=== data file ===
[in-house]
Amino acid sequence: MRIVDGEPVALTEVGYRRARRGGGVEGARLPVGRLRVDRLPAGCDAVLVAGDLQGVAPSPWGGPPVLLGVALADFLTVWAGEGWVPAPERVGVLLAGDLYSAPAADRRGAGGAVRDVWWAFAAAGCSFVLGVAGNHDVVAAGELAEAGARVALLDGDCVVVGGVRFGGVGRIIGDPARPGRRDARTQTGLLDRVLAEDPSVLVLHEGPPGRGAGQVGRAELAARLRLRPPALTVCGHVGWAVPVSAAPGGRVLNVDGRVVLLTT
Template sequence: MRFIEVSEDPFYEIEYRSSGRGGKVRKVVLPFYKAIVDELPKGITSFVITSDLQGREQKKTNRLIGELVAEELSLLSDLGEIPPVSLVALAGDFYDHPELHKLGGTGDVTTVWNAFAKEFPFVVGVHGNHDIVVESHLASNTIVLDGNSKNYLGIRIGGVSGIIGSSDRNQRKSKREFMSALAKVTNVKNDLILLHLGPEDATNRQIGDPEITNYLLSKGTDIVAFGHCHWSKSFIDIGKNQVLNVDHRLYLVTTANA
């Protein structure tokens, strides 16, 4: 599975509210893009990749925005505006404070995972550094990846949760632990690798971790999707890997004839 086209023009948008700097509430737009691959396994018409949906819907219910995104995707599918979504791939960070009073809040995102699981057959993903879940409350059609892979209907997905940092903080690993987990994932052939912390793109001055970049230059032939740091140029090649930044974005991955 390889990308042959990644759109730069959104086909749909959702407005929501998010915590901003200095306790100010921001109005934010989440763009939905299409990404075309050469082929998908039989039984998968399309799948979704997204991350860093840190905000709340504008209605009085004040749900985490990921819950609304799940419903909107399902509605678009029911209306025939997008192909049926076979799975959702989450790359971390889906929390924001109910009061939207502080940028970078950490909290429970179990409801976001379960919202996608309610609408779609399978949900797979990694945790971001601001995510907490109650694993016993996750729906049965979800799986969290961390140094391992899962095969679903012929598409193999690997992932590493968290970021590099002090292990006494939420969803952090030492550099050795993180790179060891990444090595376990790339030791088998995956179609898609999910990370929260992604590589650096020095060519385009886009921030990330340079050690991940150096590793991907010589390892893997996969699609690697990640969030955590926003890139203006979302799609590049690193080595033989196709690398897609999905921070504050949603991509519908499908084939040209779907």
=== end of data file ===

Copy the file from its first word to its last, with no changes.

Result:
[in-house]
Amino acid sequence: MRIVDGEPVALTEVGYRRARRGGGVEGARLPVGRLRVDRLPAGCDAVLVAGDLQGVAPSPWGGPPVLLGVALADFLTVWAGEGWVPAPERVGVLLAGDLYSAPAADRRGAGGAVRDVWWAFAAAGCSFVLGVAGNHDVVAAGELAEAGARVALLDGDCVVVGGVRFGGVGRIIGDPARPGRRDARTQTGLLDRVLAEDPSVLVLHEGPPGRGAGQVGRAELAARLRLRPPALTVCGHVGWAVPVSAAPGGRVLNVDGRVVLLTT
Template sequence: MRFIEVSEDPFYEIEYRSSGRGGKVRKVVLPFYKAIVDELPKGITSFVITSDLQGREQKKTNRLIGELVAEELSLLSDLGEIPPVSLVALAGDFYDHPELHKLGGTGDVTTVWNAFAKEFPFVVGVHGNHDIVVESHLASNTIVLDGNSKNYLGIRIGGVSGIIGSSDRNQRKSKREFMSALAKVTNVKNDLILLHLGPEDATNRQIGDPEITNYLLSKGTDIVAFGHCHWSKSFIDIGKNQVLNVDHRLYLVTTANA
């Protein structure tokens, strides 16, 4: 599975509210893009990749925005505006404070995972550094990846949760632990690798971790999707890997004839 086209023009948008700097509430737009691959396994018409949906819907219910995104995707599918979504791939960070009073809040995102699981057959993903879940409350059609892979209907997905940092903080690993987990994932052939912390793109001055970049230059032939740091140029090649930044974005991955 390889990308042959990644759109730069959104086909749909959702407005929501998010915590901003200095306790100010921001109005934010989440763009939905299409990404075309050469082929998908039989039984998968399309799948979704997204991350860093840190905000709340504008209605009085004040749900985490990921819950609304799940419903909107399902509605678009029911209306025939997008192909049926076979799975959702989450790359971390889906929390924001109910009061939207502080940028970078950490909290429970179990409801976001379960919202996608309610609408779609399978949900797979990694945790971001601001995510907490109650694993016993996750729906049965979800799986969290961390140094391992899962095969679903012929598409193999690997992932590493968290970021590099002090292990006494939420969803952090030492550099050795993180790179060891990444090595376990790339030791088998995956179609898609999910990370929260992604590589650096020095060519385009886009921030990330340079050690991940150096590793991907010589390892893997996969699609690697990640969030955590926003890139203006979302799609590049690193080595033989196709690398897609999905921070504050949603991509519908499908084939040209779907």